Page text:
Record Details

Troyer, Katherine
Posthatching yolk in a lizard: internalization and contribution to growth
Journal of Herpetology
Journal Article
Iguana iguana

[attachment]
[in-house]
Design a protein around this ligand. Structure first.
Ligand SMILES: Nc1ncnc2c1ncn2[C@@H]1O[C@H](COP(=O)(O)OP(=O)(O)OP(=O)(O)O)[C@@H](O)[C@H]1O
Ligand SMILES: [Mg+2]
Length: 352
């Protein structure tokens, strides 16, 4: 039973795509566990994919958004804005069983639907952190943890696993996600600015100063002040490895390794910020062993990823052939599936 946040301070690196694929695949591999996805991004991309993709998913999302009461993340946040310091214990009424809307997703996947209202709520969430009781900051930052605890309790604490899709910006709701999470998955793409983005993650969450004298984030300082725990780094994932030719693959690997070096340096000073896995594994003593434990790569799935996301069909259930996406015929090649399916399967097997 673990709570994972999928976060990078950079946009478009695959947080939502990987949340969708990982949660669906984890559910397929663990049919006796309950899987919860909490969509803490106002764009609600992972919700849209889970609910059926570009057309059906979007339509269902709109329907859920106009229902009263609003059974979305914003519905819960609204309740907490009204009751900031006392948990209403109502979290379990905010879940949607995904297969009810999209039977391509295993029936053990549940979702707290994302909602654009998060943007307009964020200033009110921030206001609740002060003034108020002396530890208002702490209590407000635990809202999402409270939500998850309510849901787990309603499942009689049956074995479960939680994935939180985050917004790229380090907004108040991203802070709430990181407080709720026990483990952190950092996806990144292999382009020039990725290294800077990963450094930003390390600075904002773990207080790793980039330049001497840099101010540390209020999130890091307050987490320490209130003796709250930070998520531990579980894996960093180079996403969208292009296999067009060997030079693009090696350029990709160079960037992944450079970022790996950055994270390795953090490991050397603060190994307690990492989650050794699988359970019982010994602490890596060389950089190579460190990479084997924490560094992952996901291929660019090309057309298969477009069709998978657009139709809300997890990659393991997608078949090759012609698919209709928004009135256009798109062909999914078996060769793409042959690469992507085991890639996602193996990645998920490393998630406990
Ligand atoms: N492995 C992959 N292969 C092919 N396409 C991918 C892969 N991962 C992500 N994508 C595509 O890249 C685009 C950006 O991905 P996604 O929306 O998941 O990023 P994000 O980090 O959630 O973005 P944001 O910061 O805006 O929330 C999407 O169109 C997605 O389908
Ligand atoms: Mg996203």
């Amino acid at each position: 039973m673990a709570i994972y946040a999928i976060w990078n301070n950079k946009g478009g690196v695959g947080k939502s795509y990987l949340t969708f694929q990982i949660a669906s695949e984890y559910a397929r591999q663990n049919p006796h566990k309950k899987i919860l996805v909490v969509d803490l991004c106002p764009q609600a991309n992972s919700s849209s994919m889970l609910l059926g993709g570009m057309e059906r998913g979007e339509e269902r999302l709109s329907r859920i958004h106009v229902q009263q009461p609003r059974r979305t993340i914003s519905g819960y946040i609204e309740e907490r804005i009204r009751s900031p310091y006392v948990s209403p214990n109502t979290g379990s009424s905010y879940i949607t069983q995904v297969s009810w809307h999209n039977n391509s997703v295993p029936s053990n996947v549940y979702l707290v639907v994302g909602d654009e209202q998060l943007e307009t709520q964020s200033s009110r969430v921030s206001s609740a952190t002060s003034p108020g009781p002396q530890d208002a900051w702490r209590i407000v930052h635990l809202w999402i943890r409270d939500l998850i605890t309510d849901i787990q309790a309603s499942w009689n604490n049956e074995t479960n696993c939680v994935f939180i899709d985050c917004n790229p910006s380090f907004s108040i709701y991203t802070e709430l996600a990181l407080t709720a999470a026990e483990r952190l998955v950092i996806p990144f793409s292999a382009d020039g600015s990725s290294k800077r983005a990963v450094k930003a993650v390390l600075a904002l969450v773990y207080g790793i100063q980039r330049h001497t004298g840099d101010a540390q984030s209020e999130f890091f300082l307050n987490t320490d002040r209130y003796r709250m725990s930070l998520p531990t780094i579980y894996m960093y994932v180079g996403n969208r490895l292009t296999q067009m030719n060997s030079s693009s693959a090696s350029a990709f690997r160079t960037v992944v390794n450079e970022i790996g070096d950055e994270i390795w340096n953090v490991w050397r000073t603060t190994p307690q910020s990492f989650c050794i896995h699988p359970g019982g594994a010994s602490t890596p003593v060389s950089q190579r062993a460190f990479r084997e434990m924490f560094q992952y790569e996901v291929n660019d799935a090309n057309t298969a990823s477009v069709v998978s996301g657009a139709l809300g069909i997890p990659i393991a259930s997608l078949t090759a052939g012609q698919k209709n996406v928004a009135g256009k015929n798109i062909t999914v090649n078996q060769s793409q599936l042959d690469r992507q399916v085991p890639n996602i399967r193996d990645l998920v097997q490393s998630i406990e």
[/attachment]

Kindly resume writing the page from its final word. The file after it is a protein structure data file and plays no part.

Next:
The lizard Iguana iguana emerges from the egg with a portion of the original yolk remaining; this yolk mass is drawn into the body cavity by contraction of the embryonic membranes, and is metabolized during the first weeks of life. Iguanas from the same clutch were forced to hatch by rupturing the embryonic membranes artificially: in half of these animals, the posthatching yolk was permitted to retract into the body, and in the other half, the yolk was tied off and removed before it could be internalized. The individuals that were hatched forcibly, but were allowed to internalize their yolk, grew more rapidly than their siblings whose yolks were removed, and as rapidly as siblings that were allowed to hatch without any interference. The posthatching yolk in I. iguana can contribute significantly to growth during the first month of life; for reptiles in general, the posthatching component of yolk provisioning represents an aspect of maternal investment that may critically influence offspring fitness.